The Dollhouse is set in the Barbizon hotel, the legendary New York City residential hotel that has housed countless young ladies as they climbed the ladder to stardom, including Candice Bergen and Sylvia Plath. The story is told in two parallel sections, one following Darby McLaughlin though her months at the Barbizon in in 1952 and the other following Rose Lewin through her current-day research into what life was like at the Barbizon all those years ago.
Darby was enrolled in the Barbizon’s secretarial school, learning the finer points of typing and answering the phone. She shared the halls with models and editorial associates, very few of which she got along with. She did, however, find a friend in the hotel’s maid, Esme. Darby’s story follows the exploits she and Esme got into in the seedy, underground jazz bars downtown and her rocky path to independence from the expectations of her disapproving mother.
Rose is a journalist, living in a condo in what used to be the Barbizon. Almost immediately into her story, Rose’s romance with an up-and-coming politician comes to a screeching halt and Rose is forced to come to terms with the end of what she thought was just the beginning. During this time, Rose starts researching the mysterious woman who lives in the apartment below hers, the woman who is never seen without her veil. Through a series of ethically questionable decisions, Rose comes to be the caregiver to the woman’s tiny dog and is able to get her hands on some additional information about this mysterious woman.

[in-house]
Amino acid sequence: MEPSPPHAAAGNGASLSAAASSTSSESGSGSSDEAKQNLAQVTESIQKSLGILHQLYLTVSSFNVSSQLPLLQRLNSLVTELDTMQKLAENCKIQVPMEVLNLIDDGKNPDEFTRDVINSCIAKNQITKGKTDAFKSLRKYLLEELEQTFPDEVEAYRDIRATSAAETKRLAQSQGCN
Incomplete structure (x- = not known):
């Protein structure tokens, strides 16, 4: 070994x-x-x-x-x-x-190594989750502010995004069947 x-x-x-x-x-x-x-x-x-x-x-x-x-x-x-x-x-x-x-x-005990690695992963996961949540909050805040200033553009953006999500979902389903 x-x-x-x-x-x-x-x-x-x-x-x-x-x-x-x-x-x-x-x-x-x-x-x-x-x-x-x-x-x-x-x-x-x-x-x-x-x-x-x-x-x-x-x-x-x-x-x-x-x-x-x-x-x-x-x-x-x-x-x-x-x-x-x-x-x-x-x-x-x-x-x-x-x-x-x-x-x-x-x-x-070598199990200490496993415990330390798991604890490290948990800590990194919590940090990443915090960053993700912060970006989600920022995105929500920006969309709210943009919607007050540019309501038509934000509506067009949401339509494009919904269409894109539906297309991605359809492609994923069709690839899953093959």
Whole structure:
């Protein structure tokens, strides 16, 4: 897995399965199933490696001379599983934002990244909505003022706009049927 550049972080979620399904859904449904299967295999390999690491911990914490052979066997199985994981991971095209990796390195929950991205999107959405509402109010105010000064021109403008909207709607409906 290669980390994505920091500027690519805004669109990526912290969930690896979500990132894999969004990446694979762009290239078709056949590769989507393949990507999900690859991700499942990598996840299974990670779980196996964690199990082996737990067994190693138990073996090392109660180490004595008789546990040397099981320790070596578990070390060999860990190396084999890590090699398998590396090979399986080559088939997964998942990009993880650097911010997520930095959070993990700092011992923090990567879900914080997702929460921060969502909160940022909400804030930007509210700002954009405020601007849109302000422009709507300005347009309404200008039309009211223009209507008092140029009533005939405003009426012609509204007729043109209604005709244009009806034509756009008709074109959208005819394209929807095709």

The bones of this story are good. The premise is interesting, the setup is promising, the ties to actual history are intriguing. But the delivery disappoints. The characters aren’t compelling (really, they’re rather “WTF?!” inducing) and the dialogue is really lacking in the believability department. I came to remember something I was told long ago about fictional dialogue: “Good dialogue in novels is like good referees in sports–you only stop and notice them if they’re bad.” Which is absolutely the case here. The dialogue is used as a way to move the story from Point A to Point B, seemingly without any regard for if someone would actually say that. I was caught off-guard so many times by the utter implausibility of some of the conversations that were happening in this book. Also, we get that Sylvia Plath lived in the hotel for a summer. You don’t need to remind us every other chapter. I promise that we remember.
If you can look past those (many) instances of “c’mon, literally no one would say (or do) that,” you might enjoy this story of love and loss and the search for the truth. I couldn’t though. And so this one was a struggle for me. Sorry, y’all.